“We say it’s not,” de Valk said. “It’s contrary to the law of God, it’s contrary to the law of nature; therefore, we will never accept it.”He characterizes the human rights complaint as part of a “campaign of harassment” by gay activists against his magazine.
The Canadian Human Rights Commission, meanwhile, says it can’t comment on the specifics of this case.
Natalie Dagenais, director for the investigation division of the commission, says it sometimes takes a lot of time to deal with difficult cases.
Dagenais says when dealing with a typical case, the commission can deliver a ruling in up to nine months. Cases that require more time may require in-depth investigation, she says.
“There are a number of factors among others that could actually delay a file and make it go over the six to nine months average that we see in terms of investigations,” she adds. (Source)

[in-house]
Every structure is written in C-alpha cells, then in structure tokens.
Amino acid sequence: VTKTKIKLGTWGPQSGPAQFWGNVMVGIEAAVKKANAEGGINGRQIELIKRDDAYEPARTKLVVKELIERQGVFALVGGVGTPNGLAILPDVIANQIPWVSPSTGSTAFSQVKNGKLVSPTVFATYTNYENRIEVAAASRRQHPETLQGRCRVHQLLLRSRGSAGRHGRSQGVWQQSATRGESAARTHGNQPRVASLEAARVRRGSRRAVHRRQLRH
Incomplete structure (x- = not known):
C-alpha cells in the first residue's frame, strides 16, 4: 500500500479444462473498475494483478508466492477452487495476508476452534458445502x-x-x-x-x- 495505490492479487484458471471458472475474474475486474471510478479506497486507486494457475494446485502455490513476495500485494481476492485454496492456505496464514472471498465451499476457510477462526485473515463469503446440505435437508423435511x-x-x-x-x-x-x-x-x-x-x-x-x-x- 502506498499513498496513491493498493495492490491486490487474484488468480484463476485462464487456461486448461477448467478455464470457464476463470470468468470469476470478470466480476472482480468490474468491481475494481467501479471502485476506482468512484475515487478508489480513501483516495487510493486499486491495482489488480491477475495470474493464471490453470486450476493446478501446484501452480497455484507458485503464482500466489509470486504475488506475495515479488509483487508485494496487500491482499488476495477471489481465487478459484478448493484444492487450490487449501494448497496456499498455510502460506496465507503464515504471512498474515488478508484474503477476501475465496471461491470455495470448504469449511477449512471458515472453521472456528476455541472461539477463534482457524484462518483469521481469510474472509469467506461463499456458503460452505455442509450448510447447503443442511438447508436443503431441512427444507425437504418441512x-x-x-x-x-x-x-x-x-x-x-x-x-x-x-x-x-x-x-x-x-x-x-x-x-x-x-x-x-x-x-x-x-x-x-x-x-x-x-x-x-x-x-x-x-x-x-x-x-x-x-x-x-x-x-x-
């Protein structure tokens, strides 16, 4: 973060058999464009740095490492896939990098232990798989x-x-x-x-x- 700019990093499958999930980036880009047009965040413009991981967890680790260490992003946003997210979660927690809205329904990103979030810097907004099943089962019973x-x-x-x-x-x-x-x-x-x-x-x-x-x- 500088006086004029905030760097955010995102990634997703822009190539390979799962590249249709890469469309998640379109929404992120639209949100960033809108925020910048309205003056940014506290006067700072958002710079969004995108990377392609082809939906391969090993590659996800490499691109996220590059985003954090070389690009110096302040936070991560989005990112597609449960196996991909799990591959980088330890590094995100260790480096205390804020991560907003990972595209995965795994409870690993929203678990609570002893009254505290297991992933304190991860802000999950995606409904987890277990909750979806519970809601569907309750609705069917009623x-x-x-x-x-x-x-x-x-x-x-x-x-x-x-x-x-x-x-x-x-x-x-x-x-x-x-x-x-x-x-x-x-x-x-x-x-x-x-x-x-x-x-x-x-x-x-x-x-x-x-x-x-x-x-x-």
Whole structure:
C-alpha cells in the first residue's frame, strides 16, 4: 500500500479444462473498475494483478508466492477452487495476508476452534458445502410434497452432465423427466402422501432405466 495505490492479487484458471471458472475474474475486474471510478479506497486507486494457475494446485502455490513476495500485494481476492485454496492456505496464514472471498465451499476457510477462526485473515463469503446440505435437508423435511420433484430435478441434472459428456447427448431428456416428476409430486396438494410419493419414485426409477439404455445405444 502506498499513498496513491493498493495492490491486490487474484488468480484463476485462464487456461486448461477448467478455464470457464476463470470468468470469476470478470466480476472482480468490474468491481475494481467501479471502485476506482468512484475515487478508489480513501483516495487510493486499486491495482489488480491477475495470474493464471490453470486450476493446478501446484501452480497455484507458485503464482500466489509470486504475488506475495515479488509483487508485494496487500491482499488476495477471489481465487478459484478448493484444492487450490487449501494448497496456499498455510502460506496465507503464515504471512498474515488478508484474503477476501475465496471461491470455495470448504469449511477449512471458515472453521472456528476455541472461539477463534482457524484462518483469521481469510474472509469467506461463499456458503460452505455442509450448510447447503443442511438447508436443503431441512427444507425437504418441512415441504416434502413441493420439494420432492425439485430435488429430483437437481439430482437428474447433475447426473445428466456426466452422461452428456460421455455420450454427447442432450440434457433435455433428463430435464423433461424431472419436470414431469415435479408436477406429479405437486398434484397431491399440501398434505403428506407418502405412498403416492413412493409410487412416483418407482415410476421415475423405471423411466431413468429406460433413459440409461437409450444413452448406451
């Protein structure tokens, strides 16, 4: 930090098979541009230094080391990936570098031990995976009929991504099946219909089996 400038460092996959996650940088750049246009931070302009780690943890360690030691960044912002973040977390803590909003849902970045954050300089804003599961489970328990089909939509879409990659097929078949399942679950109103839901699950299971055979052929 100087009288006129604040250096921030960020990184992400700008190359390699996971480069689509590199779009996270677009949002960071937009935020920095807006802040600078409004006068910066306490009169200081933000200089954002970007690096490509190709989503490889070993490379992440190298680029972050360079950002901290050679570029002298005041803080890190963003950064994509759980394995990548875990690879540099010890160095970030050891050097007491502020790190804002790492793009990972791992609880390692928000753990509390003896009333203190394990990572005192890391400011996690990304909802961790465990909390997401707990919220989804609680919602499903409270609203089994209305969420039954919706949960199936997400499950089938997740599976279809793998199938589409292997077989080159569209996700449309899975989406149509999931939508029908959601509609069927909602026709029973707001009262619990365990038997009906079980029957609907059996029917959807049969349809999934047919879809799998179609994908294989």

Because drumming up business is very hard for the CHRC, they need to extend the man-hours on each and every complaint which is seen as the golden egg which keeps the industry rolling along.
That’s why it takes years for HRC cases to slither along through the system until a decision is made.
For a $5000 buck-a-roo penalty, it could conceivably cost the government over $1M and several hundred thousand dollars for the defendant. That kind of return is rather obscene even if it is a government program.
Still, you have to wonder what kind of moral authority these Star Chambers have anymore. Any decision which comes down against any respondent now will only ignite a larger backlash. What happens when Steyn or Levant are found “guilty”? What will happen when Catholic Insight is hauled before their proceedings? None of it will be pretty. Tensions are going to rise with every successive “guilty verdict” until the situation reaches a critical mass.
It’s amazing to see such an elitist and cult-like organization issuing such political fatwas without considering the ramifications of what it will mean to the political stability of this country.